This paper looks at results from the 2009 Programme for International Student Assessment to examine the effects of school libraries on students’ test performance, with specific focus on the average of students’ family wealth in a school. The paper documents students’ school library use and students’ home possessions to indicate how school libraries support students and which students need that support the most. ANOVA results indicate that poor students (those whose family wealth was in the lowest third) make more use of the school library than their wealthier peers and that poor students’ families are less likely to have information and cultural resources than wealthier students’ families. Hierarchical regression indicates that school libraries and, more specifically, school library adequacy, as defined by the principal’s perception of adequate staffing and materials, account for a small but significant portion of students’ test performance variance. Finally, quantile regression indicates that the benefit of school libraries is not spread evenly, and some students gain more benefit than others. A direct implication of this research is that school libraries have the capacity to better serve poor students but will need the support of policy- and decision-makers before such a change happens.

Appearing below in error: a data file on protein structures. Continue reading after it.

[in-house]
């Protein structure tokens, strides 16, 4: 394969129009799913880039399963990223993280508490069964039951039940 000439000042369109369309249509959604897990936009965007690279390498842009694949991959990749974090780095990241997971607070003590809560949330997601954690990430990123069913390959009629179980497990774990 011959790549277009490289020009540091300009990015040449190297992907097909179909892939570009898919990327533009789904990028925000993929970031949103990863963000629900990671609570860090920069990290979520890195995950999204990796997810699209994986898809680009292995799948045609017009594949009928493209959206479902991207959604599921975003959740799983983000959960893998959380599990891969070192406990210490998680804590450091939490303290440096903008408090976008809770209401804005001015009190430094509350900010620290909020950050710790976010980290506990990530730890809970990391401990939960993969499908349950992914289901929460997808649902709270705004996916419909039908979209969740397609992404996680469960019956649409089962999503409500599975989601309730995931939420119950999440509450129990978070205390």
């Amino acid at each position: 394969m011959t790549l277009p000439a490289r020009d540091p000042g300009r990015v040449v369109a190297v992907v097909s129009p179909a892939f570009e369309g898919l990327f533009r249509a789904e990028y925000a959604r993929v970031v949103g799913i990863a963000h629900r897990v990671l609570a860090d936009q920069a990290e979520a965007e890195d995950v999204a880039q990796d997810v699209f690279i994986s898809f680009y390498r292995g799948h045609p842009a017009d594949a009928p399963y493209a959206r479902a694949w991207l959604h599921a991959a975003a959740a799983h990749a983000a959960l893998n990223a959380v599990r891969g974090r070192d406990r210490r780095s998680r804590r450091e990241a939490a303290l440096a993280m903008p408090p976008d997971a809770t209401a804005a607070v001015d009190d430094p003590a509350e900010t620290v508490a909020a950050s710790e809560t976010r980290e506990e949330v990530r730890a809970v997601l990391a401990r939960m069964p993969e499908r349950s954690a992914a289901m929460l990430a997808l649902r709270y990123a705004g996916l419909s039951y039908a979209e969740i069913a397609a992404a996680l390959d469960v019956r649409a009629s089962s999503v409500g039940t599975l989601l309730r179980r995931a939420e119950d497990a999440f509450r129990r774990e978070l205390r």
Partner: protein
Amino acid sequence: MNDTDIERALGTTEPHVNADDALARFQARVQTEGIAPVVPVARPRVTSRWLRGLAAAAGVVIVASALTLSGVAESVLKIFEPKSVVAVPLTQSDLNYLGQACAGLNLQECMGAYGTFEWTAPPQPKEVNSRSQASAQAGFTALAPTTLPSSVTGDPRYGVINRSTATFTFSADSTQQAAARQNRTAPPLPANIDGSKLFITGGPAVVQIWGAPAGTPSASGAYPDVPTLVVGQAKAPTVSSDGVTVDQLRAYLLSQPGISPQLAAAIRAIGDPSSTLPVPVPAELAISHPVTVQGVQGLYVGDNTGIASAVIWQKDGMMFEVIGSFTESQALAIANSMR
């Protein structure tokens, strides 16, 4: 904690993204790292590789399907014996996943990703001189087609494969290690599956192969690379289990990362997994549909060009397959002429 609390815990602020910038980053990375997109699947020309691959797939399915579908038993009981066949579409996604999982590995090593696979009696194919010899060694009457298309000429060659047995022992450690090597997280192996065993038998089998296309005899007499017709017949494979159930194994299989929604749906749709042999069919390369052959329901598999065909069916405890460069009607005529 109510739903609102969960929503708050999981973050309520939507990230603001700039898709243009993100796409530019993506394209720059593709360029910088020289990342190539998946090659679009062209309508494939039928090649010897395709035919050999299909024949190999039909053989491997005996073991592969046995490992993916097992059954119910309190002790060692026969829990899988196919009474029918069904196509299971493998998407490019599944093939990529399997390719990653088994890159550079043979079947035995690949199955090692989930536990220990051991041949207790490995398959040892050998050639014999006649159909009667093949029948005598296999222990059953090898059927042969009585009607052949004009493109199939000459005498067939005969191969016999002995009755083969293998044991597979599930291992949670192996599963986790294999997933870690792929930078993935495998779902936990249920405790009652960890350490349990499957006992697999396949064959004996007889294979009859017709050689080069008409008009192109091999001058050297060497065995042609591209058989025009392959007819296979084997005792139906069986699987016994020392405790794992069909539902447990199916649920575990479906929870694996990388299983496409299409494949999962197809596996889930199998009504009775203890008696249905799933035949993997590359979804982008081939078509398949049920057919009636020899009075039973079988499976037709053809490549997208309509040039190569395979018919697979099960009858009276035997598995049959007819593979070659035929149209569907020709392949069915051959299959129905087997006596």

Professor, Information Science and Learning Technologies,
University of Missouri